LONDON (Reuters) – Britain will hold its first December election in almost a century after Prime Minister Boris Johnson finally won parliamentary approval for a gamble on a snap ballot that he hopes will break the deadlock over Brexit.
Britain’s Prime Minister Boris Johnson leaves the Houses of Parliament in London, Britain October 29, 2019. REUTERS/Henry Nicholls
Just two days before the third Brexit deadline of Oct. 31 will be missed despite Johnson’s “do or die” promise to deliver on the divorce on that date, his bid to hold an election before the end of this year was approved by 438 to 20 votes in the House of Commons.
The first Christmas-season election in Britain since 1923 will be hard to call.
Brexit has variously fatigued and enraged swathes of voters while eroding traditional loyalties to the two major parties, Johnson’s Conservatives and Labour.
“It’s time to unite the country and get Brexit done,” Johnson told a meeting of Conservative lawmakers late on Tuesday shortly after securing an election to cheers from a parliament he said had stopped him delivering Brexit.
Johnson, 55, hopes to win a majority to push through the last-minute Brexit deal he struck this month with the European Union while his main opponent, Labour leader Jeremy Corbyn, is pitching a radical socialist government and another EU referendum.
The election result will be announced on Friday Dec. 13. If no party wins conclusively, the future of Brexit will be thrown up in the air again with options ranging from a tumultuous no-deal exit to another referendum that could scupper the whole divorce.
Corbyn cast the election as a chance for real change. He frames Labour as a socialist alternative to the inequality and close relations with U.S. President Donald Trump that he says characterise Johnson’s premiership.
“A Labour government will be on your side, while Boris Johnson’s Conservatives – who think they’re born to rule – will only look after the privileged few,” Corbyn, 70, said.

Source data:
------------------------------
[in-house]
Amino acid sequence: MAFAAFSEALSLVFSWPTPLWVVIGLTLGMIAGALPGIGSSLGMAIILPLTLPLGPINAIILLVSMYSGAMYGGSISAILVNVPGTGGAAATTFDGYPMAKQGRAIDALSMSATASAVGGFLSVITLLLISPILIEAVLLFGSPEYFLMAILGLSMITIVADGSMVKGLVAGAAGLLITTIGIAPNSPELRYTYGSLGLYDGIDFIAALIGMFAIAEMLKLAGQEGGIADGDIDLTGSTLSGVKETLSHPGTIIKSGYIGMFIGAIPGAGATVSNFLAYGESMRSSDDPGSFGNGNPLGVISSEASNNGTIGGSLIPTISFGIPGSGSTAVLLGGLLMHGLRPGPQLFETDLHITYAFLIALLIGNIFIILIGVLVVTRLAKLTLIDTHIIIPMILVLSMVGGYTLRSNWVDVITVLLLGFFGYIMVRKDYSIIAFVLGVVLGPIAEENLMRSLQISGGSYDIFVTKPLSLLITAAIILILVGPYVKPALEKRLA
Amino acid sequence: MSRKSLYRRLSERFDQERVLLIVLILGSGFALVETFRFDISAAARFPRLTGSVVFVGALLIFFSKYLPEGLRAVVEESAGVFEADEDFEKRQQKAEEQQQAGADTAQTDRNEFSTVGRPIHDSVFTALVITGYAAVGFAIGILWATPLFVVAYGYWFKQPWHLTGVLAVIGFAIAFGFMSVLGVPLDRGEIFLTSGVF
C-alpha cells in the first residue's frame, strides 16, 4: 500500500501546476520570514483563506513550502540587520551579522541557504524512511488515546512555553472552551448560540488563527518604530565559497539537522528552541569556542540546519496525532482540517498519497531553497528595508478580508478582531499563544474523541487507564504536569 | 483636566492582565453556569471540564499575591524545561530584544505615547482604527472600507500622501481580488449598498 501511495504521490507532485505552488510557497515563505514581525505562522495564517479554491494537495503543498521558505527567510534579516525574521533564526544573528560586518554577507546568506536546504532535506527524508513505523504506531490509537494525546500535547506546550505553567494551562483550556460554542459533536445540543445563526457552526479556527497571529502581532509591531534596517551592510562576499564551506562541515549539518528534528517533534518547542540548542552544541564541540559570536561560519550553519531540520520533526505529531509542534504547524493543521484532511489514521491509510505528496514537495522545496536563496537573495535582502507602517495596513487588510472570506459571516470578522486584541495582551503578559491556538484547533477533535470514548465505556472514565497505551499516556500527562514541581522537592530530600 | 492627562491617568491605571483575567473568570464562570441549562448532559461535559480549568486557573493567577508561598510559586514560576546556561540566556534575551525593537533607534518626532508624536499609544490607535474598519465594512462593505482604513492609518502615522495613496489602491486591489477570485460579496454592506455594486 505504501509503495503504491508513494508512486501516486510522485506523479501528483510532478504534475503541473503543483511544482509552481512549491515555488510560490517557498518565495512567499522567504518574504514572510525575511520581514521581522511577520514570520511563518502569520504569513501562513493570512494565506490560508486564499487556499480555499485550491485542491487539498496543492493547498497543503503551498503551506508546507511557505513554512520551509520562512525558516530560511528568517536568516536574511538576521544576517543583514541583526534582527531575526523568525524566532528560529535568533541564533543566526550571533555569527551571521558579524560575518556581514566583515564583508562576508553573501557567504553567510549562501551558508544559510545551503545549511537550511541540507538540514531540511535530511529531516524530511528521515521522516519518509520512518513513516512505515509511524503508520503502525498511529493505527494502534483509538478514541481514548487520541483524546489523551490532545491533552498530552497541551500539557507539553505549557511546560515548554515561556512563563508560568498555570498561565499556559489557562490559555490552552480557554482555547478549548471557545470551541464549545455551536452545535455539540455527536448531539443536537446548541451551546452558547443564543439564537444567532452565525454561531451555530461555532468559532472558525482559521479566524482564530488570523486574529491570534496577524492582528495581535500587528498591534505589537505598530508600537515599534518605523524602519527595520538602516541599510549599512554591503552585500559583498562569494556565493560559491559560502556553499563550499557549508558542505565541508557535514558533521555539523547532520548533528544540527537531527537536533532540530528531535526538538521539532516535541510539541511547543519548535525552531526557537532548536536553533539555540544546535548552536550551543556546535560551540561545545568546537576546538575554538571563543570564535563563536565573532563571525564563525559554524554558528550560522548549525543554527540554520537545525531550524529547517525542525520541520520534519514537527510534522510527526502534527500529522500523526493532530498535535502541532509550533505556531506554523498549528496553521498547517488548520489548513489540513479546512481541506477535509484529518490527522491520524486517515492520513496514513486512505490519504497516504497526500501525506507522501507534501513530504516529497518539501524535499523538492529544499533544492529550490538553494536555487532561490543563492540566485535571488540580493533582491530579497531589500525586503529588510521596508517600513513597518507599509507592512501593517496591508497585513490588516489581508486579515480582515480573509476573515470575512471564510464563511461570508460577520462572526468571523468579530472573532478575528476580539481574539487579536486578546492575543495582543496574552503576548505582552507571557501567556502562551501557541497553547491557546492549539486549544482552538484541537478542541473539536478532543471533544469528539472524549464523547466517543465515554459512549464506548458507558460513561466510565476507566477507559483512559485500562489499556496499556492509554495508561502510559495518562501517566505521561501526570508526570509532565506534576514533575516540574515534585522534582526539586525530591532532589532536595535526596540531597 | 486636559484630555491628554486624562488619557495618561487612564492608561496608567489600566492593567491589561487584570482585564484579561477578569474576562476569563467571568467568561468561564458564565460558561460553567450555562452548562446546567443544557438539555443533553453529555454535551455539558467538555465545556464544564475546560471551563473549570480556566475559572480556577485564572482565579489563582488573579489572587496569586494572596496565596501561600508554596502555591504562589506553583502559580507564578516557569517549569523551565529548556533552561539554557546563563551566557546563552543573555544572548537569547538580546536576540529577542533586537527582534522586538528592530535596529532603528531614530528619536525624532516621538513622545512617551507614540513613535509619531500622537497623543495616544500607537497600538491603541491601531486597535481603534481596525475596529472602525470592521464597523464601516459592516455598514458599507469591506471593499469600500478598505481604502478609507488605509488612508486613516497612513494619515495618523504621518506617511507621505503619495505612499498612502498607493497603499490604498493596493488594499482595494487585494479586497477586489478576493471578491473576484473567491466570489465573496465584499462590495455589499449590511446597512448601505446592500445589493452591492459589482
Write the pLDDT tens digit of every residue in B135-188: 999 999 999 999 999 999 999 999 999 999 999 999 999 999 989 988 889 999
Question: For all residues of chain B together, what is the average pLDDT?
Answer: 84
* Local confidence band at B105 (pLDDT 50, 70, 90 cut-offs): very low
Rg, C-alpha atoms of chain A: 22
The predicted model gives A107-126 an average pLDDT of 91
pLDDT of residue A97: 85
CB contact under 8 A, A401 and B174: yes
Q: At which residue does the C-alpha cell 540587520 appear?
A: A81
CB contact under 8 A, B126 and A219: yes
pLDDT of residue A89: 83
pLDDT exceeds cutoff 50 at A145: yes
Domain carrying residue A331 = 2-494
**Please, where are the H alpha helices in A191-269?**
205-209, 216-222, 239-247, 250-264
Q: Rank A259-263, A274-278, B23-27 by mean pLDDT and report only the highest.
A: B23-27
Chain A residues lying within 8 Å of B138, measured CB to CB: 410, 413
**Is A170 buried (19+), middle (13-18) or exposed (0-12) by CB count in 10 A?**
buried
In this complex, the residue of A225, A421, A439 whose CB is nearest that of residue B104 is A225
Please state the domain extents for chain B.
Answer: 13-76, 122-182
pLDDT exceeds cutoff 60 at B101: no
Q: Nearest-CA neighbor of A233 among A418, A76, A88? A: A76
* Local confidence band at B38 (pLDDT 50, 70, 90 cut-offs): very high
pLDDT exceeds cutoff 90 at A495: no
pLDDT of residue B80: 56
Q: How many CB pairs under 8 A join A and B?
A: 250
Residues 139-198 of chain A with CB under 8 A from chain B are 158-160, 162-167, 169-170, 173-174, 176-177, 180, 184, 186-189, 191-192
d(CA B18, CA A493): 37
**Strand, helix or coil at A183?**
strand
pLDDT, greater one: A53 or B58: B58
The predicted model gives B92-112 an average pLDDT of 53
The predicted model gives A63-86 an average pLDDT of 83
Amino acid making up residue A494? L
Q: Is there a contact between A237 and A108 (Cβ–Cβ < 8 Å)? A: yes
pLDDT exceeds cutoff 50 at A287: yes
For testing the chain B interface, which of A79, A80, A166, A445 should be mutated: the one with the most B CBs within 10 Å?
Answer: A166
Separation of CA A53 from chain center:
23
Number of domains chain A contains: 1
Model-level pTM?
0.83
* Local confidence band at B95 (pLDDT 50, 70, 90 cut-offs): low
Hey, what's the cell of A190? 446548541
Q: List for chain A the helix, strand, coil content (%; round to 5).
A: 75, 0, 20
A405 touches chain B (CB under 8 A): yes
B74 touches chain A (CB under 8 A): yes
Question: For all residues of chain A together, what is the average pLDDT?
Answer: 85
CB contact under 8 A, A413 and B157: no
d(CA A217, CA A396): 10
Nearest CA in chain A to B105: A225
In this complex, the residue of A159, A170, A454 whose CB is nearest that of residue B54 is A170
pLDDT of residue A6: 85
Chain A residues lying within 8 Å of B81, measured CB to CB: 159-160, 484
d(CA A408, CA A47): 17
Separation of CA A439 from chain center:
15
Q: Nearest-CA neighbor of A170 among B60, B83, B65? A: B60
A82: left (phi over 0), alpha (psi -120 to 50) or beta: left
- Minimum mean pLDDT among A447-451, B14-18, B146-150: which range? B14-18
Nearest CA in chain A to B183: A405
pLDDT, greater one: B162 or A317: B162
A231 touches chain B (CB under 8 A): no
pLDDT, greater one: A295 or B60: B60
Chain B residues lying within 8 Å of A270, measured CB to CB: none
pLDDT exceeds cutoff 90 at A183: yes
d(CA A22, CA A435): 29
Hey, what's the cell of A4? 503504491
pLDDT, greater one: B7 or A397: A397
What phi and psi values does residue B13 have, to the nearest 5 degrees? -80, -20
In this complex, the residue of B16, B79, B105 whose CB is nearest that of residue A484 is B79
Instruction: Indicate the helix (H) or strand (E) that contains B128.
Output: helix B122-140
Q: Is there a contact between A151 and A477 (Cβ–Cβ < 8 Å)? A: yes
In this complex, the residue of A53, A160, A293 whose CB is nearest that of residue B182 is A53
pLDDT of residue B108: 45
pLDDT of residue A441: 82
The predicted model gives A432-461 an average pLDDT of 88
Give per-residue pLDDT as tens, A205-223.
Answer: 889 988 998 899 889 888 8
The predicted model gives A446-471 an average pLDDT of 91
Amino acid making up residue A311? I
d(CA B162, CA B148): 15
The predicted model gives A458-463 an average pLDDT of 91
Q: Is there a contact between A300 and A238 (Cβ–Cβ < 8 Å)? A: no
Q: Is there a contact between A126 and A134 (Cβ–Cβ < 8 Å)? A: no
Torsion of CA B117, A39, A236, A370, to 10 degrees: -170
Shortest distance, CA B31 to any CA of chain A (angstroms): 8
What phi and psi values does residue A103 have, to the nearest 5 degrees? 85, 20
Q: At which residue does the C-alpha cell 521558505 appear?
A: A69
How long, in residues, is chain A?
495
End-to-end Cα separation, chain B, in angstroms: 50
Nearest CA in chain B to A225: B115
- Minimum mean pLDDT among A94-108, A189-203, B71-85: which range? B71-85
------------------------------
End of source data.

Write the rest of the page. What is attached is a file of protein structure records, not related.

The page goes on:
He promised to nationalise rail, water and energy companies while taxing high earners to fund public services.
Conservative lawmaker Robert Halfon said that beside Brexit, domestic issues would play large.
Johnson told lawmakers he was going “to take the argument to Corbyn on One nation policies – spending on schools and hospitals and police… It wasn’t just about Brexit,” Halfon said.
When Johnson’s predecessor, Theresa May, bet on an early election in 2017, she lost her slender majority – a failure that ultimately prevented her from ratifying her Brexit deal in parliament and sank her political career.
Johnson’s Conservatives are ahead of Labour by an average of about 10 percentage points in polls this month, though pollsters underestimated the support for Brexit in 2016 and admit that the models they use are wilting beside the Brexit furnace.
Both major parties will have to fight on at least three fronts: against each other while the Brexit Party led by Nigel Farage seeks to poach Brexit voters and the Liberal Democrats seeks to win over opponents of Brexit.
“At last the deadlock in parliament is broken. Brexit now has a chance to succeed,” Farage said.
Additional reporting by Elizabeth Piper; Writing by Guy Faulconbridge; ; editing by John Stonestreet